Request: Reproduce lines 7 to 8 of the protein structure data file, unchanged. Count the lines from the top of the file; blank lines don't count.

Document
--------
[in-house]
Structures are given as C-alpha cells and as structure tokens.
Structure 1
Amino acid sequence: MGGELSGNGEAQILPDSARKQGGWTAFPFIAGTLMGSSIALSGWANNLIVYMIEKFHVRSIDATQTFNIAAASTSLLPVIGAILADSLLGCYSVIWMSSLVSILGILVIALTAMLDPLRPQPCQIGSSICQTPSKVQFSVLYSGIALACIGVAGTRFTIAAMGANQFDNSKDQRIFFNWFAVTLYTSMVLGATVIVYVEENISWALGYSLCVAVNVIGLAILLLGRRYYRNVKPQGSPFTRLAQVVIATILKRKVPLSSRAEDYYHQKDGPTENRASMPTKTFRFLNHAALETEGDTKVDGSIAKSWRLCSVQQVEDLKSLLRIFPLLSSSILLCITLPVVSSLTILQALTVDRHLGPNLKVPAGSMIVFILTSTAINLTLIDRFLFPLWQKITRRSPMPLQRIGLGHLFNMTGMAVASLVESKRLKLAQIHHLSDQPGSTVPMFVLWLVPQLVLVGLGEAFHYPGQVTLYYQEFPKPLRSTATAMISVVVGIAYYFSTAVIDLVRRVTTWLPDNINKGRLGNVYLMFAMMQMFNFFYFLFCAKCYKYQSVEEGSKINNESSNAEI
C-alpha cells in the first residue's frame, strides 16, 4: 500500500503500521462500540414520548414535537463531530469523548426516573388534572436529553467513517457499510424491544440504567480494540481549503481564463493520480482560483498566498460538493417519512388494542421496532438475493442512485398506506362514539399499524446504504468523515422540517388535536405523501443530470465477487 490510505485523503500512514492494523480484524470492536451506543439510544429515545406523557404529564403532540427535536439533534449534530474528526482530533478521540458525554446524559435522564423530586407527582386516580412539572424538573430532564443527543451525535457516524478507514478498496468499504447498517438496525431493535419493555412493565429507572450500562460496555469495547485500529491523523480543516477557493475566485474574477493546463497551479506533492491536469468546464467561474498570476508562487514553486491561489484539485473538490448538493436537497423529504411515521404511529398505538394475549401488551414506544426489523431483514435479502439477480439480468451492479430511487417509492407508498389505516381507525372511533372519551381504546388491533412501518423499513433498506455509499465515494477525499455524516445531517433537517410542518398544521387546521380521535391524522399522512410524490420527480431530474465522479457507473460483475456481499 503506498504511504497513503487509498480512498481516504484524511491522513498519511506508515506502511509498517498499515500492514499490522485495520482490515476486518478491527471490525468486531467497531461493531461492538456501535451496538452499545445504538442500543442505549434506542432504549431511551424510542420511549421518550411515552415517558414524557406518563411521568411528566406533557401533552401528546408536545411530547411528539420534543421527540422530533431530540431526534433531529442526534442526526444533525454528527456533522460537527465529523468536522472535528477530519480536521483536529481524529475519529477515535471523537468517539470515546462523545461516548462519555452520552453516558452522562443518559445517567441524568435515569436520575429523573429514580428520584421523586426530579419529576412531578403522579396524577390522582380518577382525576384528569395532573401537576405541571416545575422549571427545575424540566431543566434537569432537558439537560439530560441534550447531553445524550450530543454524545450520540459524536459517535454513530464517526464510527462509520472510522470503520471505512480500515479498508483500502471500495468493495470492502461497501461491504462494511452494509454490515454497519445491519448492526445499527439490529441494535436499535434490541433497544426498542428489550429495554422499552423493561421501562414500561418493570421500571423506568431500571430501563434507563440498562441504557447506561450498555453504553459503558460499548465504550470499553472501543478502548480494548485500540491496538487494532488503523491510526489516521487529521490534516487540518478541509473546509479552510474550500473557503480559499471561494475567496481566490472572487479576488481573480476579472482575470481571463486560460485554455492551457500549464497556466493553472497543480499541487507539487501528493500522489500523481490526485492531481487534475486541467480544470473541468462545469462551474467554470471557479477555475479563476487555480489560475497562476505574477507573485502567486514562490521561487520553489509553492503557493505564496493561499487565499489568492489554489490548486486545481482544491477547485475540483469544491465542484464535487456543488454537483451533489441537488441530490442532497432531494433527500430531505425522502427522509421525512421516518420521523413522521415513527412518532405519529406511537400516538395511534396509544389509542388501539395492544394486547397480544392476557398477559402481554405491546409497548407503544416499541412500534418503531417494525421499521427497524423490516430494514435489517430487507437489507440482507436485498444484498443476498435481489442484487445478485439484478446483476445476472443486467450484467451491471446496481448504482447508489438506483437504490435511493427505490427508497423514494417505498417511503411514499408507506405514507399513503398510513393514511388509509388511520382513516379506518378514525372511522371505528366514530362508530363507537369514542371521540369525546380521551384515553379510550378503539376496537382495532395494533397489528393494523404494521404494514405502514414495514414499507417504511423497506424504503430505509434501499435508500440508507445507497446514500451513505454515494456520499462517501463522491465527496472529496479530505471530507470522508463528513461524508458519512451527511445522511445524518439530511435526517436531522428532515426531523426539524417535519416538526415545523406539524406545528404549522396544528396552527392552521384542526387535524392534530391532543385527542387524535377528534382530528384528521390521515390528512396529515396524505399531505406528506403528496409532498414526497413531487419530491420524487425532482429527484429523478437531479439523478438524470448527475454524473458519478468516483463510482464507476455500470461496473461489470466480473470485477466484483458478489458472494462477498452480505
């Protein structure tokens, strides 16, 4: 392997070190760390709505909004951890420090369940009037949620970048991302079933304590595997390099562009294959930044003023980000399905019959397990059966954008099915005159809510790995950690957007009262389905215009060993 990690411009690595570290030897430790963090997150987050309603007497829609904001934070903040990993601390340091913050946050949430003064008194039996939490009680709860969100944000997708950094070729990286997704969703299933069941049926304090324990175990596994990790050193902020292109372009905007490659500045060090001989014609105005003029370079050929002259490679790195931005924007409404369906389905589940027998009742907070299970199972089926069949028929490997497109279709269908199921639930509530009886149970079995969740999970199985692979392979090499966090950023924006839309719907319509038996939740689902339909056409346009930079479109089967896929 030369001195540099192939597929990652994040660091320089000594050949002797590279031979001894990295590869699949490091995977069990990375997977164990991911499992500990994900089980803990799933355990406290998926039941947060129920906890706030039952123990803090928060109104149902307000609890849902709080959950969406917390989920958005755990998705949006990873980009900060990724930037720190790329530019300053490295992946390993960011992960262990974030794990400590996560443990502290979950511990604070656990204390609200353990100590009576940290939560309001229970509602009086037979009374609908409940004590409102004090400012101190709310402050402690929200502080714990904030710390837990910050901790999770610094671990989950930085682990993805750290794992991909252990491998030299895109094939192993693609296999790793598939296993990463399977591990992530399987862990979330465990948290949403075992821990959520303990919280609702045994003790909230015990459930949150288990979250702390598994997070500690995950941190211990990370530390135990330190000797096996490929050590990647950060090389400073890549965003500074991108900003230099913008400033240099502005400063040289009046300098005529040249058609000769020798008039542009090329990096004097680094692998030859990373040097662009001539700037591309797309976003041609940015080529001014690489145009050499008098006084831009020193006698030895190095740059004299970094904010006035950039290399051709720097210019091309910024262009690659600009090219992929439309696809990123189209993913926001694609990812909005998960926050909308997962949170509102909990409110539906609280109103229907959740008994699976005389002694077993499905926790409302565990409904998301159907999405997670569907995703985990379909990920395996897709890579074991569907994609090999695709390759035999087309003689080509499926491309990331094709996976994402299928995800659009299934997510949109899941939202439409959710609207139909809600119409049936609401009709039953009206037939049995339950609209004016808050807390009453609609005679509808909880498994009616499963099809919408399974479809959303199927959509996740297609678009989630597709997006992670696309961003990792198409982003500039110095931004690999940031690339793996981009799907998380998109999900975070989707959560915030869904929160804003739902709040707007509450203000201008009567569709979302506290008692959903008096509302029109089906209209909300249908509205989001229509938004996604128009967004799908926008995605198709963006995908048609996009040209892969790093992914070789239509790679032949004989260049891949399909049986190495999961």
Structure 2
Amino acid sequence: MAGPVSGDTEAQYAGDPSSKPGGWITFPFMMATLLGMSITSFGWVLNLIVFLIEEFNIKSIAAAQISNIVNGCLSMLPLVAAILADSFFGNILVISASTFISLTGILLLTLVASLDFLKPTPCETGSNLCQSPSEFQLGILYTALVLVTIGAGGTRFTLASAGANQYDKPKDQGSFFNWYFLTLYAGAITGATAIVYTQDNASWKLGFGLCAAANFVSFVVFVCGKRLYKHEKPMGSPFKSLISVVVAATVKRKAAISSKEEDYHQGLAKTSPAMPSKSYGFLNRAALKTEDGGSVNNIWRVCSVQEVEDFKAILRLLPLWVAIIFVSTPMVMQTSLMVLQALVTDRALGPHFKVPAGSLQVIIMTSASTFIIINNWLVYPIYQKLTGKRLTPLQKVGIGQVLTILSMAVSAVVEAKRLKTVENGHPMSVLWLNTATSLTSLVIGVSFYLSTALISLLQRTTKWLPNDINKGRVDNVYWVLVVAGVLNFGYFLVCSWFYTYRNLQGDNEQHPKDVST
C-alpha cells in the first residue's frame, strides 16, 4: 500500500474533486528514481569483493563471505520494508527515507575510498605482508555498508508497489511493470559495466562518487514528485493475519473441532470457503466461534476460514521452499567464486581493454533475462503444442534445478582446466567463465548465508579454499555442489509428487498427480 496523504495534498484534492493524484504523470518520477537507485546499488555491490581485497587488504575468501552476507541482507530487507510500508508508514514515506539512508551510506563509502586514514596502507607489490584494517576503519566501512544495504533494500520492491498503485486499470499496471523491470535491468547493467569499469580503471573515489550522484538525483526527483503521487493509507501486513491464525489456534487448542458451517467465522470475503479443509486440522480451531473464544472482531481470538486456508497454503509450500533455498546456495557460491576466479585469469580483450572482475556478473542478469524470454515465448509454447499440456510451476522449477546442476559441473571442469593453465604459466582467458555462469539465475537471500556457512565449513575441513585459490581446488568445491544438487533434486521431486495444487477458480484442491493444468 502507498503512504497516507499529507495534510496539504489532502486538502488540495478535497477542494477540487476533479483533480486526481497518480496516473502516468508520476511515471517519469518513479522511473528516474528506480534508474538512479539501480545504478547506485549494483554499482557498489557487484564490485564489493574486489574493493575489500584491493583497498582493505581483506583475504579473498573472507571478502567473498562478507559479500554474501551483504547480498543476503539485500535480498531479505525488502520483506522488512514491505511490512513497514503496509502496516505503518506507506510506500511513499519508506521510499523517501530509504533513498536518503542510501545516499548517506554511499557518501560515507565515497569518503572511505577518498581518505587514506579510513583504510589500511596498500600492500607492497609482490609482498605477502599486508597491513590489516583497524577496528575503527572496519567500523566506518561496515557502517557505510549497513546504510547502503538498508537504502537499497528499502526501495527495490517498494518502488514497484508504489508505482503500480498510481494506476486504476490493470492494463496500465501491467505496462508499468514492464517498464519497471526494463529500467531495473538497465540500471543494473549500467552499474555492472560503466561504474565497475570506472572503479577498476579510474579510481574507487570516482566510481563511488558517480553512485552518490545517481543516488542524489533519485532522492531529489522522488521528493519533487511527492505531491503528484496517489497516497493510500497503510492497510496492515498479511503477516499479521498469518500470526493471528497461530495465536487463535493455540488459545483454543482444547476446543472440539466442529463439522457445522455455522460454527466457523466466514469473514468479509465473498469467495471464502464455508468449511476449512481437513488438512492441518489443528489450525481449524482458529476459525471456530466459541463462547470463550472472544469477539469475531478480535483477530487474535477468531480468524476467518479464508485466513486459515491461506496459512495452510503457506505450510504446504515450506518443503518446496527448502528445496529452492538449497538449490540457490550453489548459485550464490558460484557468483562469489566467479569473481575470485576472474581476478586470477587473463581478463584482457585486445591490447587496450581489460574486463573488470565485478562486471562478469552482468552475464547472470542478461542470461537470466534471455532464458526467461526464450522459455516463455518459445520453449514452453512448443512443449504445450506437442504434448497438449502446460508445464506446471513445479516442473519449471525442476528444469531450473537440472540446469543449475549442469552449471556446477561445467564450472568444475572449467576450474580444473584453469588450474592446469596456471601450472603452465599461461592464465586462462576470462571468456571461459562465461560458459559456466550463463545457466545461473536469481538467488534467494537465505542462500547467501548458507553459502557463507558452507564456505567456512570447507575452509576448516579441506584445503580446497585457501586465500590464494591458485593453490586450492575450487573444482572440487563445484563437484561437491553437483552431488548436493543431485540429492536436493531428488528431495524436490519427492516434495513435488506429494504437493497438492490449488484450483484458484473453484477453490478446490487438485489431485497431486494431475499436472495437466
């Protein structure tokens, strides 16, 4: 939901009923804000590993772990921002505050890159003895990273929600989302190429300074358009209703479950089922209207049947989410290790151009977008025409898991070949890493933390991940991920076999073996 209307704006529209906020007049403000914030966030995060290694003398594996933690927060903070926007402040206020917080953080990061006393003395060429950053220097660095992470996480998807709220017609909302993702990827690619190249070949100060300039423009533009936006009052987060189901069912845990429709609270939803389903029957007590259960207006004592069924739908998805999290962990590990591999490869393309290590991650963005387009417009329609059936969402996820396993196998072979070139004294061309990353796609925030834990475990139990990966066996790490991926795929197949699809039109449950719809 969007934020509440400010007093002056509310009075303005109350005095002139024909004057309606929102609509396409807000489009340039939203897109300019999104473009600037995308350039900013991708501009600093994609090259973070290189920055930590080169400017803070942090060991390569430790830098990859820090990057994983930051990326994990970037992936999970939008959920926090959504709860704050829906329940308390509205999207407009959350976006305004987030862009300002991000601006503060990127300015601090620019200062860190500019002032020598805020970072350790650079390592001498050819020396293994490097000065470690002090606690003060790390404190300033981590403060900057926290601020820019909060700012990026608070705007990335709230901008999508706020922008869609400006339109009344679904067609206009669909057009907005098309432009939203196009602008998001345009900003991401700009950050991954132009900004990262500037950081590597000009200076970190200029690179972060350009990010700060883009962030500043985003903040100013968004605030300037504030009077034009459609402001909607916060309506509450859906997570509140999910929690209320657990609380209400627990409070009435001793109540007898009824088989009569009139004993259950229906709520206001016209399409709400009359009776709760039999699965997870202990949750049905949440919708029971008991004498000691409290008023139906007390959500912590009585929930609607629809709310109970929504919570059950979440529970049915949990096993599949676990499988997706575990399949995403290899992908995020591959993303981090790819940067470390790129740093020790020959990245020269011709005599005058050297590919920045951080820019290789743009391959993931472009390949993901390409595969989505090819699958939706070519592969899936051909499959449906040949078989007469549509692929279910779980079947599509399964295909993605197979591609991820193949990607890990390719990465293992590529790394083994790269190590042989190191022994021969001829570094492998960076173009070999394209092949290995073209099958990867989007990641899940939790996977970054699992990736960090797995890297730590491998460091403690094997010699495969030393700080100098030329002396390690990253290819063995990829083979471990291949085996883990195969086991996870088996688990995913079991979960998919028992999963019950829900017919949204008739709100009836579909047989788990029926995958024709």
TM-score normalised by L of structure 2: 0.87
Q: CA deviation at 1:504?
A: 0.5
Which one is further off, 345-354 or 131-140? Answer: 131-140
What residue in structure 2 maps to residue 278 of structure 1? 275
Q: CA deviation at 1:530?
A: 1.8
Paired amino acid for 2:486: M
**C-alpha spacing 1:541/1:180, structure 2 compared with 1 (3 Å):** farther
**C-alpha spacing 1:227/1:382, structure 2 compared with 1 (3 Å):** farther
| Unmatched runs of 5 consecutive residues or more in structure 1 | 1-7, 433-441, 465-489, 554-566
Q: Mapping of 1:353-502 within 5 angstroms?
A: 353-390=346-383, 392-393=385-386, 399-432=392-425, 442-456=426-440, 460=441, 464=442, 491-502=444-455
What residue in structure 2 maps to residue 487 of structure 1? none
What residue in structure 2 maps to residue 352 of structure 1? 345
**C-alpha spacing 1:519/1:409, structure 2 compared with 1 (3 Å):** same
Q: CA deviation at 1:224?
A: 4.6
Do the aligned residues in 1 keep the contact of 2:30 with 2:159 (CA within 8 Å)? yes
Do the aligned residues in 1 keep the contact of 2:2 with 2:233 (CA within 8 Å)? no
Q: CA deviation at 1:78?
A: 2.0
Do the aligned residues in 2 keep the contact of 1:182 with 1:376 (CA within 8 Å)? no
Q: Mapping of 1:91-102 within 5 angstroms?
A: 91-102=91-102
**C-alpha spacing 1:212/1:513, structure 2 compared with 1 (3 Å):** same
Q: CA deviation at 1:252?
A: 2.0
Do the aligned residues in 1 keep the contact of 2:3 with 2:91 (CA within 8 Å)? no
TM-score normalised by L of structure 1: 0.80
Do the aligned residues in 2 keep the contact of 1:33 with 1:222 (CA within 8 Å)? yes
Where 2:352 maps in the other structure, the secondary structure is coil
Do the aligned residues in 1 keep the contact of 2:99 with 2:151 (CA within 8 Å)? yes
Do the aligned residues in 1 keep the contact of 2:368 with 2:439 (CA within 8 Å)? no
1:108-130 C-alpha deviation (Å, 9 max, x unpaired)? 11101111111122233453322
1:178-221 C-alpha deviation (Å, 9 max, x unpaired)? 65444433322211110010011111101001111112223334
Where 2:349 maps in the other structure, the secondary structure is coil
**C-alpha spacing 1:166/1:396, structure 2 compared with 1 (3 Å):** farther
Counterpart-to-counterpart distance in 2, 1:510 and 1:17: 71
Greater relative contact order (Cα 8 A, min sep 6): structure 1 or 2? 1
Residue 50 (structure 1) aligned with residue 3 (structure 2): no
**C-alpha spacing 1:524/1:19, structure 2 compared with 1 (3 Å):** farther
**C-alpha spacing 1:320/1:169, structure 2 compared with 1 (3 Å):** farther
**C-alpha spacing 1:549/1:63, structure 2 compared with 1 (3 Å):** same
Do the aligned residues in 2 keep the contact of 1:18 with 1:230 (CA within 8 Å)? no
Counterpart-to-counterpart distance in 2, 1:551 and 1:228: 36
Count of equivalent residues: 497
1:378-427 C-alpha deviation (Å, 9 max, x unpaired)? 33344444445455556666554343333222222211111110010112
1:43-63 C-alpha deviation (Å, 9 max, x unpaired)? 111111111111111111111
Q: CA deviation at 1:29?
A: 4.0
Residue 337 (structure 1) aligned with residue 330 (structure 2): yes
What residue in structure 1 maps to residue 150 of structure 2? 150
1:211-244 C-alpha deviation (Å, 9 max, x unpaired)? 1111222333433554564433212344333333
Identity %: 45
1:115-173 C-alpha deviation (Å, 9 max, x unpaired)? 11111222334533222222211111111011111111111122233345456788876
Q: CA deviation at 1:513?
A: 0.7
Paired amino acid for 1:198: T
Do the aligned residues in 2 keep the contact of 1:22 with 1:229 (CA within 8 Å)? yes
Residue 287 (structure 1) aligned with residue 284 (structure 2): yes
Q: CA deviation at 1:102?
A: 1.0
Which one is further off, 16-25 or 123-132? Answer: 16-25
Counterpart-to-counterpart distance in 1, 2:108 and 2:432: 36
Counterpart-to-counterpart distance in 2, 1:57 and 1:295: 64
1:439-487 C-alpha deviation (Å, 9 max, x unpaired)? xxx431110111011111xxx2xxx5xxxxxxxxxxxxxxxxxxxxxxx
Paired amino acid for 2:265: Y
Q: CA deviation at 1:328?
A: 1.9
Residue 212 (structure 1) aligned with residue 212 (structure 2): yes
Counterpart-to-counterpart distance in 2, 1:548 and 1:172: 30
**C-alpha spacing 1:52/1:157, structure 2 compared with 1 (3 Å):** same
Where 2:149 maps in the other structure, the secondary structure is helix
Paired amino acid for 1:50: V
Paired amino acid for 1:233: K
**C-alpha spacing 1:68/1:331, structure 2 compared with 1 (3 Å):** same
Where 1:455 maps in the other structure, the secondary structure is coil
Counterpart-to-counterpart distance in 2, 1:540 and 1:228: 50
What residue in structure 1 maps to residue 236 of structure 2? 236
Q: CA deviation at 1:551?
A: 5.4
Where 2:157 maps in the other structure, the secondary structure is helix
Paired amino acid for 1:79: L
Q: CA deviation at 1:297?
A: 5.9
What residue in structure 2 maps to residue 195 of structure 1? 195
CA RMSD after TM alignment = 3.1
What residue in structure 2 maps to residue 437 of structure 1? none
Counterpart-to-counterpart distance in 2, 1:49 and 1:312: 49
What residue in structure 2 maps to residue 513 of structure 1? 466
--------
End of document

Structure 2
Amino acid sequence: MAGPVSGDTEAQYAGDPSSKPGGWITFPFMMATLLGMSITSFGWVLNLIVFLIEEFNIKSIAAAQISNIVNGCLSMLPLVAAILADSFFGNILVISASTFISLTGILLLTLVASLDFLKPTPCETGSNLCQSPSEFQLGILYTALVLVTIGAGGTRFTLASAGANQYDKPKDQGSFFNWYFLTLYAGAITGATAIVYTQDNASWKLGFGLCAAANFVSFVVFVCGKRLYKHEKPMGSPFKSLISVVVAATVKRKAAISSKEEDYHQGLAKTSPAMPSKSYGFLNRAALKTEDGGSVNNIWRVCSVQEVEDFKAILRLLPLWVAIIFVSTPMVMQTSLMVLQALVTDRALGPHFKVPAGSLQVIIMTSASTFIIINNWLVYPIYQKLTGKRLTPLQKVGIGQVLTILSMAVSAVVEAKRLKTVENGHPMSVLWLNTATSLTSLVIGVSFYLSTALISLLQRTTKWLPNDINKGRVDNVYWVLVVAGVLNFGYFLVCSWFYTYRNLQGDNEQHPKDVST